World Bank Adopts Anti-Human, Anti-Coal Agenda

by William Yeatman on March 30, 2011

in Blog, Features

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According to the World Health Organization, more than half the world’s population uses dung, crop matter, and coal to cook and heat inside their homes. Full disclosure: I’ve lived in a dung-powered home. From 2004 to 2006, I was a Peace Corps volunteer in the Kyrgyz Republic. The family with whom I lived was poor even by Kyrgyz standards, and sheep poop was a primary fuel. The furnace ventilation system was inefficient, to say the least, and smoke would get everywhere. Such smoke kills 1.6 million people every year. Every 20 seconds, another poor person dies of indoor air pollution.

Thankfully, there’s a solution to this killer problem: coal fired power plants. By building a centralized coal power plant, it is possible to take energy production out of the home, and thereby save lives. Allow me to repeat: Coal power saves lives in the developing world. Of course, there are many other benefits to affordable and reliable energy; foremost among them is economic growth.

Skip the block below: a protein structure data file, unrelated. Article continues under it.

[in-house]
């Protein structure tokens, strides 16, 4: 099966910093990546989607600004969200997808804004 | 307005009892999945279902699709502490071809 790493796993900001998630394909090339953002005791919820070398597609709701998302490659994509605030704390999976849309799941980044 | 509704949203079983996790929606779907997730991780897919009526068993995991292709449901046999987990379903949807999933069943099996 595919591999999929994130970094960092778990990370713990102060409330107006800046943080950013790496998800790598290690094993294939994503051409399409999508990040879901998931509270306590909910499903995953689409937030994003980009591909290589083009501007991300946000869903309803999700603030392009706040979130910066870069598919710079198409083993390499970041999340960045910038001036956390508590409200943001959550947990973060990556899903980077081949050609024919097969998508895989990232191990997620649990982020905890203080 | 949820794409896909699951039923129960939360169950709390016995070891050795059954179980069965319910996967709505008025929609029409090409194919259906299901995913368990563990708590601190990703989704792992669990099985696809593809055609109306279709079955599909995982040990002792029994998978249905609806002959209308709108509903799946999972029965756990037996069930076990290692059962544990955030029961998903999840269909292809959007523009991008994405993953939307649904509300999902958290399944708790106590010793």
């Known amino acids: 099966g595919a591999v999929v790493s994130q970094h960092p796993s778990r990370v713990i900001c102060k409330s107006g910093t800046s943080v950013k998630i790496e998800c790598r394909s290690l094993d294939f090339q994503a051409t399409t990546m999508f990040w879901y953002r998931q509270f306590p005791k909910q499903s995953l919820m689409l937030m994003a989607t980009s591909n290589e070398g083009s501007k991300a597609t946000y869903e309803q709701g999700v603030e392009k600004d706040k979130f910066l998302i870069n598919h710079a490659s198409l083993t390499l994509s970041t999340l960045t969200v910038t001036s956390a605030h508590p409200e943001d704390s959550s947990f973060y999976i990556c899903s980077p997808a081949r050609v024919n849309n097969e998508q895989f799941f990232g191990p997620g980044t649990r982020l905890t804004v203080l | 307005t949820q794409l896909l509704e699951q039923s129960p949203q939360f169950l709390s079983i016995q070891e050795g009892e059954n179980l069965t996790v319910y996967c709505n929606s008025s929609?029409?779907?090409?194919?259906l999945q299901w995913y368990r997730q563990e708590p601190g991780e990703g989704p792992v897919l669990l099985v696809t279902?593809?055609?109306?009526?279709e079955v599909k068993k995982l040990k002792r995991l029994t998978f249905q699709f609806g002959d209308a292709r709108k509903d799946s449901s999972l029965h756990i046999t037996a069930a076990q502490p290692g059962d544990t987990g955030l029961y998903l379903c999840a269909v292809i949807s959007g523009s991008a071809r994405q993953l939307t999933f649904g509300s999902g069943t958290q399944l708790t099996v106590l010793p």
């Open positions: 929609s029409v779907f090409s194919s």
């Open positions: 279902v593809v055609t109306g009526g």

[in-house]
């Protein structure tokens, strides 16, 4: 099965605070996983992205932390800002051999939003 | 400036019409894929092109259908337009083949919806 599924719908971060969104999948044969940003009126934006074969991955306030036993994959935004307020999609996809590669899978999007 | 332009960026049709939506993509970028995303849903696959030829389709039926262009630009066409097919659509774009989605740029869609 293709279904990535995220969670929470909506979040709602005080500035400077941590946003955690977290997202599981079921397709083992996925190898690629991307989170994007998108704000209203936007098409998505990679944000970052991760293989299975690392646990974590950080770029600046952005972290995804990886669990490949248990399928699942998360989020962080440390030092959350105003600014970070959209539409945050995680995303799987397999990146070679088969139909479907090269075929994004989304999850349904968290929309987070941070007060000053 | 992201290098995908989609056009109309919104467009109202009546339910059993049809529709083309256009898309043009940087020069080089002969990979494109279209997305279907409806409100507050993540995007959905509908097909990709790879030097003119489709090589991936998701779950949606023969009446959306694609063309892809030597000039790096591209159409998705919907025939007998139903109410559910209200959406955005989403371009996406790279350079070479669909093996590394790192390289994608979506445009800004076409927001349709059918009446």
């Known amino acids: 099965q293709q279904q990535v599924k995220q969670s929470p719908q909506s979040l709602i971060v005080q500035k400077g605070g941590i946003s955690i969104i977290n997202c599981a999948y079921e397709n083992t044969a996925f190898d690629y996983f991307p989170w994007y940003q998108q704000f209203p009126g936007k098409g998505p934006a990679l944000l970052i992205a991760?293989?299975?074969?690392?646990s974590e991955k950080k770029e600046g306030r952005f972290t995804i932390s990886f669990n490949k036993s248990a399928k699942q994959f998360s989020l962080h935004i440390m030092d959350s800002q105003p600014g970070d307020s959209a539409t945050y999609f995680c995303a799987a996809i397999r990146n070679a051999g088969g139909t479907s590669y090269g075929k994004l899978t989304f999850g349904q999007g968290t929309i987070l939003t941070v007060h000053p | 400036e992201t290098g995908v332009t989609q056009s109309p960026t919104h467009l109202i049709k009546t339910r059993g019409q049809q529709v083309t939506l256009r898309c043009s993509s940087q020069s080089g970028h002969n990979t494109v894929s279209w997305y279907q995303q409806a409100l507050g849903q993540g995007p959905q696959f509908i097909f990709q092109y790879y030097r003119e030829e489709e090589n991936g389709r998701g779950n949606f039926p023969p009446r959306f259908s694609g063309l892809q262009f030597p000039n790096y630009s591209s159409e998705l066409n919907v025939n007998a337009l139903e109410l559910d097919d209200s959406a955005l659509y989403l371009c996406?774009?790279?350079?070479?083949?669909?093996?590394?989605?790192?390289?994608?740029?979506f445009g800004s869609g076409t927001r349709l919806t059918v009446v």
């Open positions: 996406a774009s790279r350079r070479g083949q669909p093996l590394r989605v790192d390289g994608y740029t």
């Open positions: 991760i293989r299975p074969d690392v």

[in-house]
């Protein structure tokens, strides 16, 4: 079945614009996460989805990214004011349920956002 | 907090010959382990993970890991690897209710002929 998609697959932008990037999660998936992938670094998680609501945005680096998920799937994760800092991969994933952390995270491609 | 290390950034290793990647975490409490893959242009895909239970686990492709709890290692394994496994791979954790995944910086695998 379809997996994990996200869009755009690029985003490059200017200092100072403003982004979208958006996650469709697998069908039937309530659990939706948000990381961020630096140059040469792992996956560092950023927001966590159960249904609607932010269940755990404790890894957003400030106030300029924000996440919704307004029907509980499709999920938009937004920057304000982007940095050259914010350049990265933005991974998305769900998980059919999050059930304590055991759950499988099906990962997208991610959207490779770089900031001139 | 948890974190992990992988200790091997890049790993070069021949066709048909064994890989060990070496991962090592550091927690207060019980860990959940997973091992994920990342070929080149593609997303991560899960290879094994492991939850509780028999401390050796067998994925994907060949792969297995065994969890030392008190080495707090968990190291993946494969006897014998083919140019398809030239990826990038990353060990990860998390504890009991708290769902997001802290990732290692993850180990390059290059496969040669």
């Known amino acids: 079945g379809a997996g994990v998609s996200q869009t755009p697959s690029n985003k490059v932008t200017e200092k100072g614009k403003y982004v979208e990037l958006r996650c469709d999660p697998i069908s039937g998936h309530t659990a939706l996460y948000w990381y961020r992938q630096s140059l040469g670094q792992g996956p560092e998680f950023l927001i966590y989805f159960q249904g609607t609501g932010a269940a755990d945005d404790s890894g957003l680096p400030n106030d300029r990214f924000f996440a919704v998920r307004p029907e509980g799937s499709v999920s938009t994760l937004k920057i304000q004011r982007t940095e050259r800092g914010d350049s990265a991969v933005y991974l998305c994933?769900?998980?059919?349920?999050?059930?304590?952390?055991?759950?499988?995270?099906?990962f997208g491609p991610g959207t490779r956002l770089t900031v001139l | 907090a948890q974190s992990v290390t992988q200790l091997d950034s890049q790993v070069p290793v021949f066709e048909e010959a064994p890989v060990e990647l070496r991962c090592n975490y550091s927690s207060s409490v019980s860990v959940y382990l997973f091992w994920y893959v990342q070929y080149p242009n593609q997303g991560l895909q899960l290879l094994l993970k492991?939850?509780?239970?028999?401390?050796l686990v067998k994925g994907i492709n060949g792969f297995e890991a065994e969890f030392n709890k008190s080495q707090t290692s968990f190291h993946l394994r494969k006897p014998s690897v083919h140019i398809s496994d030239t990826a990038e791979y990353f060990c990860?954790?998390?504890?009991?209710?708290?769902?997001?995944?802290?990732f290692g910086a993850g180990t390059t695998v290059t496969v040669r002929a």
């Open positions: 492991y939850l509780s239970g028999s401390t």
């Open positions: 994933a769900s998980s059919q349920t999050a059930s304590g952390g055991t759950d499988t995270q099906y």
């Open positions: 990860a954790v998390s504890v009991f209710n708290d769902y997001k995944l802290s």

The World Bank was established in 1945 to fight poverty. Accordingly, the institution long has financed new coal fired power plants in developing countries, for the life-saving and prosperity-creating reasons I cite above.

Unfortunately for the world’s poor, that’s about to change. ClimateWire (subscription required) reported today on a draft World Bank energy strategy that commits the bank to stop lending money for new coal projects in more than 80 developing countries.

The World Bank is poised to adopt this anti-coal, anti-human strategy as a sop to “green” special interests, for which the supposed dangers of global warming, decades into the future, are direr than the clear and present danger of indoor air pollution, which kills millions today. Such are the warped priorities of modern environmentalists.

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